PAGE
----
The trends are comparable, with the main difference being larger election spikes for the Green Party, particularly in 2015.
Chart 1.1.4 below compares the decline in the number of contributors to Bloc Québécois and Green Party EDAs. Again, to allow for easy comparison, each party’s number of contributors is given as a percentage of that party’s average from 2004-2017.
As with Chart 1.1.3, the trends are similar in both duration and magnitude, with the Green Party experiencing a larger spike in the 2015 election.
Upward trends in major parties
We have compared the Green Party’s decline to the most serious declines in other parties. But what about upward trends?
In the 15 years of data available, there are only two significant upward trends in other major parties:
- From the year 2004 to 2011, the new Conservative party was formed with Stephen Harper as its leader, and won consecutive elections in 2006, 2008, and 2011. During this period, the Conservatives increased the dollar amounts contributed to their EDAs by 118% and the number of contributors also by 118%. (This is equivalent to recovering from a loss of 54% of both dollar amounts and contributors.)
- In 2013, Justin Trudeau was elected leader of the Liberal Party, and led them to a historic comeback from third place to majority government. During this time, the Liberals increased the dollar amounts contributed to their EDAs by 156% and the number of contributors by 38%. (This is equivalent to recovering from a loss of 61% of dollars and 28% of contributors.)
In other words, to reverse the Green Party’s decline of EDA-level contributions would require an event of greater impact than Justin Trudeau’s Liberal revival or Stephen Harper’s decade of Conservative dominance.
Another important point to consider when looking at the list of declines and upward trends is that, in Canadian federal politics, serious declines appear to be more numerous and happen more quickly than growth. Building a federal party is a slow process and invariably involves setbacks.
The Liberal revival is the only example in the past 15 years of a party making such a rapid recovery, and it was achieved by a party with an extremely long history and well-established support base. (And, again, it would take an event with almost double the impact of this Liberal revival to fully recover the Green Party’s losses since 2007.)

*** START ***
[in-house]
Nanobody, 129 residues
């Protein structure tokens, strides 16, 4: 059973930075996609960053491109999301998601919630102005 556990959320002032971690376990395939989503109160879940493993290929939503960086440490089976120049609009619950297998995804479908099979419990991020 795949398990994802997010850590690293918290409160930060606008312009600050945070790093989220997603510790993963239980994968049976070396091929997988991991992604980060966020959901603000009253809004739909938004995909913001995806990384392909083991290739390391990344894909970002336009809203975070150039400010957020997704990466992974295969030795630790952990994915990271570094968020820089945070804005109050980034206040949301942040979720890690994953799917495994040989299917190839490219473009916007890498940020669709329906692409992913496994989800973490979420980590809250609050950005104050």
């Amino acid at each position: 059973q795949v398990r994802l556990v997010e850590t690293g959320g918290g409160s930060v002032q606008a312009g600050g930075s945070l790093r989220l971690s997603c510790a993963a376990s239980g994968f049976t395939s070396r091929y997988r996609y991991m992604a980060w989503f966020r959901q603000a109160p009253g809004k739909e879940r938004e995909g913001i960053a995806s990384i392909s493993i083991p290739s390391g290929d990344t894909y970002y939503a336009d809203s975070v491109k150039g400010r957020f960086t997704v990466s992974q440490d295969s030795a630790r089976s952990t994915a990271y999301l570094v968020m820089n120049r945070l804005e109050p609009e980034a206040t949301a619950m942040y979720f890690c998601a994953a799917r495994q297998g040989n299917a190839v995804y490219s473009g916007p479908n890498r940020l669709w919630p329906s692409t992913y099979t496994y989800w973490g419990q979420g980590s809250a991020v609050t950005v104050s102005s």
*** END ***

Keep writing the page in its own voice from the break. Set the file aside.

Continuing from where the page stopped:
Normal fluctuations in major parties
Having examined declines and upward trends, we can round out the picture by making some general observations about EDA contributions outside of these periods.
For the three major parties, outside of the crisis and growth periods listed above, no decrease in EDA contributions has lasted longer than two years, nor involved a loss of more than 25% of the party’s average contributions.
Phrased another way, the decline of the Green Party is five times longer in duration, and three-to-four times deeper in its effects, than any normal up-and-down fluctuations that major parties usually experience.
A final perspective: the Green share of the pie
We have already examined Green Party EDA contributions over time, compared them to the declines and growth periods of other major parties, and compared them in detail with the misfortunes of the Bloc Québécois.
Chart 1.1.5 presents one final perspective, which is the Green Party’s percentage share of dollars contributed to EDAs of the five major parties. This perspective compensates for election-year spikes (when all parties typically raise more money), longer-term political trends (such as a shift toward or away from EDA’s as a fundraising tool), and currency inflation, allowing us to measure party-vs-party performance.
We can see that a bump is still present in 2015, indicating that although all parties experienced historic dollar amounts contributed to their EDAs that year, the Green Party increased its amounts contributed more than the other parties did.